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Moving Into Your Own Place – What You Need


So you’ve made the decision to move away from Mum and Dad and set up house on your own – or at least with flatmates. Congratulations! But what are you going to need to set up house?

Kitchen:

Flats usually come with an oven. Bare necessities are two dinner plates, bread-and-butter plates and bowls per person (visitors, multi-course meals and times when you don’t wash dishes happen to everyone), plus two or three teaspoons, two knives, a dessert spoon, a soup spoon and a couple of forks per person. For drinks, you will need about two mugs and two tumblers per person.

You also need:

· at least one large kitchen knife and one smaller one;
· a chopping board, preferably wooden;
· about three saucepans, one of which should be biggish;
· a frying pan;
· a roasting pan with a grill rack;
· a tin opener, preferably one that has a bottle opener attached;
· a grater;
· tongs;
· wooden spoons – at least one;
· a ladle for soup and serving up casseroles, mince, rice and other sloppy, runny food;
· a fish slice for frying stuff and dishing up cake and pizza;
· salad spoons (but you can make do with regular spoons at a pinch);
· A mixing bowl that can double as a salad bowl (preferably several, but one is bare minimum);
· a jug or decanter for liquids;
· a baking tray, preferably one that has a rim;
· an ice cube tray for the freezer;
· a kettle;
· a dish rack, a brush for washing dishes, several tea towels and loads of dishcloths;
· a fridge-freezer.

Optional extras for the kitchen include blenders, cake mixers, cake tins, muffin tins, microwave ovens, toasted sandwich makers, etc. etc. For storage containers, you can wash out and keep ice cream container and the like, but stop saving them when you’ve got enough.

Bedroom:

A bed (obviously), two sets of sheets (top and bottom), a duvet or bedspread, several blankets, at least one pillow plus two pillowcases for each pillow, a hot water bottle, one chest of drawers and a mirror OR a dressing table with drawers and mirror, and an alarm clock. In a flat, personal computers and stereos should also be kept in bedrooms to prevent them becoming common property (which will happen if you keep them in the living room or other shared space). The same goes with other personal possessions such as hair dryers, razors, guitars and sewing machines. A desk and a chair for hobbies, writing letters, etc. in privacy is a must in a flat bedroom, especially a student flat (but these can go elsewhere if you’re living alone).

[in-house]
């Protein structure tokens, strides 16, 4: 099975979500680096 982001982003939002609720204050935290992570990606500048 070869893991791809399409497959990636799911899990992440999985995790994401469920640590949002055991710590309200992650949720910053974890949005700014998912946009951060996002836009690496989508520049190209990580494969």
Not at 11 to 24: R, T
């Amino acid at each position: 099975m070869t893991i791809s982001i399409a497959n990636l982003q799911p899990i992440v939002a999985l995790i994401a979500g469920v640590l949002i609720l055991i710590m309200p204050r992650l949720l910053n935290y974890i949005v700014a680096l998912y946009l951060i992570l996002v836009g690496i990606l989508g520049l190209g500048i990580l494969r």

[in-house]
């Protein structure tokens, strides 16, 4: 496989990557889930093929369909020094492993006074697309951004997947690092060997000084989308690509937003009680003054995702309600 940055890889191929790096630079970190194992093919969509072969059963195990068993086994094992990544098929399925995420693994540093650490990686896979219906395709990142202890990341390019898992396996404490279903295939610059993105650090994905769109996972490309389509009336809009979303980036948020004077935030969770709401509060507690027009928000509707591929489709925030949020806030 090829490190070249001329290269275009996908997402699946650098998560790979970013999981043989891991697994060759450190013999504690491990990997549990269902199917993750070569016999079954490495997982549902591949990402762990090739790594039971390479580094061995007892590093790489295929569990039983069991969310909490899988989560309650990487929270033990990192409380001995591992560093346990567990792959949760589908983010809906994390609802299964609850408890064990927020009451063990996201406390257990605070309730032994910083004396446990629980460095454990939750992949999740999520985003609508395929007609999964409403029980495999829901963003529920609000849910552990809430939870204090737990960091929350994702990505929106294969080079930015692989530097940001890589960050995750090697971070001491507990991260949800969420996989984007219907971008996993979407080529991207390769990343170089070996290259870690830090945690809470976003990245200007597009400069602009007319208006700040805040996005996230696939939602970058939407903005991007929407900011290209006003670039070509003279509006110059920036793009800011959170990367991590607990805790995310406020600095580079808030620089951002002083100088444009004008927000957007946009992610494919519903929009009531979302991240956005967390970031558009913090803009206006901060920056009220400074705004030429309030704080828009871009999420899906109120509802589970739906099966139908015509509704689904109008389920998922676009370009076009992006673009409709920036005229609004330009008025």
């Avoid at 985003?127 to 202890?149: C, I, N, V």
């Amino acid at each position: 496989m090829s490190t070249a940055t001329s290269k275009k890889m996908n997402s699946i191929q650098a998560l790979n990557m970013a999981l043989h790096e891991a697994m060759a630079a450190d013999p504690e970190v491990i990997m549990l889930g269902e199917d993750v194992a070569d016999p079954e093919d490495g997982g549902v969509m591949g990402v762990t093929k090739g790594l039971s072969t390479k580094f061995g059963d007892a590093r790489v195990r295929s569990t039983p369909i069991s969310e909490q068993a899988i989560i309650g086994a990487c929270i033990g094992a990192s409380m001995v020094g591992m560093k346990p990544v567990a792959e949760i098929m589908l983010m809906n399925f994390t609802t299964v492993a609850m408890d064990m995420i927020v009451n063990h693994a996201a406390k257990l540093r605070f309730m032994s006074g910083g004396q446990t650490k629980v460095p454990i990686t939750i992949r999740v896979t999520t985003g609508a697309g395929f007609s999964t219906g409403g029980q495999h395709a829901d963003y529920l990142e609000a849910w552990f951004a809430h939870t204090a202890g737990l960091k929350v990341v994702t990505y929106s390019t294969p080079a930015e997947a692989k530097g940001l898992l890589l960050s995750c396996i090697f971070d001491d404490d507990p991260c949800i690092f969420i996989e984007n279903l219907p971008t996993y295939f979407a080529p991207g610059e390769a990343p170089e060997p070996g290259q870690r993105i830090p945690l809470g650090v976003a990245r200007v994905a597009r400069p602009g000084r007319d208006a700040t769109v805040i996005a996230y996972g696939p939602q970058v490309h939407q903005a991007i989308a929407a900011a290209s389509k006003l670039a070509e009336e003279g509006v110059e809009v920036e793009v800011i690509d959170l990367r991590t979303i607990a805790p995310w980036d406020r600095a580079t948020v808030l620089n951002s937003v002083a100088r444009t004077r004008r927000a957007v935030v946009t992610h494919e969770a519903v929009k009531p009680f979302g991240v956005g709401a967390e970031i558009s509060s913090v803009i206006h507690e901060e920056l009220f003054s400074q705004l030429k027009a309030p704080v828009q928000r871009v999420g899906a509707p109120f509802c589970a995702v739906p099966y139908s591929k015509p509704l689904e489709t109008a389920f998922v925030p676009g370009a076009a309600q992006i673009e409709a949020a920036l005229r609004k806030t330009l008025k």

Living room:

A sofa and armchairs, enough for every bottom in the house to sit on (guests can be accommodated on dining chairs). A television and a stereo are nice to have but not essential for living. A bookshelf is handy, but make sure you know whose books are whose. Nice but not essential items include coffee tables and beanbags.

Dining room:

A table and enough chairs for everyone in the flat to sit on, plus an extra in case of guests. Tablecloths are nice but not essential.

Bathroom/laundry:

A bathmat per person, two or three hand towels (sneaky hint – some bathmats can double as hand towels, but you’ll need about five in total), at least two towels and facecloths per person. Everyone should provide their own soap, toothbrush, razors, shampoo, etc. A washing machine is usually essential, but if you live near a laundrette, you can do without one. You can also do without one if you have time to wash by hand, but this is a long, hard job.

Cleaning:

A vacuum cleaner, a broom, a dustpan and brush, loads of cloths, a toilet brush, a mop, a bucket (or several), a scrubbing brush. Various house cleaning products, including baking soda, vinegar, vodka or other alcohol, disinfectant, dishwashing liquid, washing powder and soap. Also make sure you have a supply of loo paper and lightbulbs.

Nick Vassilev is the founder of Anyclean, a successful cleaning company based in London, UK. His extensive knowledge about the cleaning industry helps him provide excellent cleaning services London and increased value for money to his clients.